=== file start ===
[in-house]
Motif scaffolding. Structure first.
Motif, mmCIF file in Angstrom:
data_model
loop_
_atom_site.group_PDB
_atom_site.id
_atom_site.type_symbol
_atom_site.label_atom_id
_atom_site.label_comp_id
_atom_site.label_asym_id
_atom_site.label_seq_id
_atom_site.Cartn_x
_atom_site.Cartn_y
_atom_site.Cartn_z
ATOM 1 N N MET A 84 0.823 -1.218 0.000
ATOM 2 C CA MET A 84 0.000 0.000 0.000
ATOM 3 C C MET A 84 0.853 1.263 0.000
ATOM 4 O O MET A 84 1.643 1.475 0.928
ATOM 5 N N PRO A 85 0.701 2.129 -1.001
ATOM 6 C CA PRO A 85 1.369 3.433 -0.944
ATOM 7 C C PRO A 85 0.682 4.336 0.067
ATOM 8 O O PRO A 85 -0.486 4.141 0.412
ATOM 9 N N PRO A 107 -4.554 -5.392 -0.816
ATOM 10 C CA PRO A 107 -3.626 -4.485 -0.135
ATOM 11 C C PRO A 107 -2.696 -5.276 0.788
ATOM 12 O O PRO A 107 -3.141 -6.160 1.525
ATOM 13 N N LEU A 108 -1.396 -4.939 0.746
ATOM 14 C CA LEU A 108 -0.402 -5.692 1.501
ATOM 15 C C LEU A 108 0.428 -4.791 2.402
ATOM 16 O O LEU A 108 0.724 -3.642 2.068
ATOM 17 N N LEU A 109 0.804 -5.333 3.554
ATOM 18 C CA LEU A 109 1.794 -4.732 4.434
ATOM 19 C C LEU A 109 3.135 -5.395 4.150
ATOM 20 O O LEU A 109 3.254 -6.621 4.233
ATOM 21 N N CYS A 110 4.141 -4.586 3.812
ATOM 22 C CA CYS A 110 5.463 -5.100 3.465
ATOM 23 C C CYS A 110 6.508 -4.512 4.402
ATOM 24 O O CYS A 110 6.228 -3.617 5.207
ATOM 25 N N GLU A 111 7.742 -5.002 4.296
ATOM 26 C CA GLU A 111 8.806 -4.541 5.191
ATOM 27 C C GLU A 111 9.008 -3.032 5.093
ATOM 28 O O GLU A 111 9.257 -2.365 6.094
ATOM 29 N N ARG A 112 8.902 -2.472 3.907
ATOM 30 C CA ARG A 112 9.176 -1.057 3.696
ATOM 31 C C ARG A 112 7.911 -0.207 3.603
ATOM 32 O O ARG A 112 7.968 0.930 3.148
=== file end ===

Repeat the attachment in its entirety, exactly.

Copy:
[in-house]
Motif scaffolding. Structure first.
Motif, mmCIF file in Angstrom:
data_model
loop_
_atom_site.group_PDB
_atom_site.id
_atom_site.type_symbol
_atom_site.label_atom_id
_atom_site.label_comp_id
_atom_site.label_asym_id
_atom_site.label_seq_id
_atom_site.Cartn_x
_atom_site.Cartn_y
_atom_site.Cartn_z
ATOM 1 N N MET A 84 0.823 -1.218 0.000
ATOM 2 C CA MET A 84 0.000 0.000 0.000
ATOM 3 C C MET A 84 0.853 1.263 0.000
ATOM 4 O O MET A 84 1.643 1.475 0.928
ATOM 5 N N PRO A 85 0.701 2.129 -1.001
ATOM 6 C CA PRO A 85 1.369 3.433 -0.944
ATOM 7 C C PRO A 85 0.682 4.336 0.067
ATOM 8 O O PRO A 85 -0.486 4.141 0.412
ATOM 9 N N PRO A 107 -4.554 -5.392 -0.816
ATOM 10 C CA PRO A 107 -3.626 -4.485 -0.135
ATOM 11 C C PRO A 107 -2.696 -5.276 0.788
ATOM 12 O O PRO A 107 -3.141 -6.160 1.525
ATOM 13 N N LEU A 108 -1.396 -4.939 0.746
ATOM 14 C CA LEU A 108 -0.402 -5.692 1.501
ATOM 15 C C LEU A 108 0.428 -4.791 2.402
ATOM 16 O O LEU A 108 0.724 -3.642 2.068
ATOM 17 N N LEU A 109 0.804 -5.333 3.554
ATOM 18 C CA LEU A 109 1.794 -4.732 4.434
ATOM 19 C C LEU A 109 3.135 -5.395 4.150
ATOM 20 O O LEU A 109 3.254 -6.621 4.233
ATOM 21 N N CYS A 110 4.141 -4.586 3.812
ATOM 22 C CA CYS A 110 5.463 -5.100 3.465
ATOM 23 C C CYS A 110 6.508 -4.512 4.402
ATOM 24 O O CYS A 110 6.228 -3.617 5.207
ATOM 25 N N GLU A 111 7.742 -5.002 4.296
ATOM 26 C CA GLU A 111 8.806 -4.541 5.191
ATOM 27 C C GLU A 111 9.008 -3.032 5.093
ATOM 28 O O GLU A 111 9.257 -2.365 6.094
ATOM 29 N N ARG A 112 8.902 -2.472 3.907
ATOM 30 C CA ARG A 112 9.176 -1.057 3.696
ATOM 31 C C ARG A 112 7.911 -0.207 3.603
ATOM 32 O O ARG A 112 7.968 0.930 3.148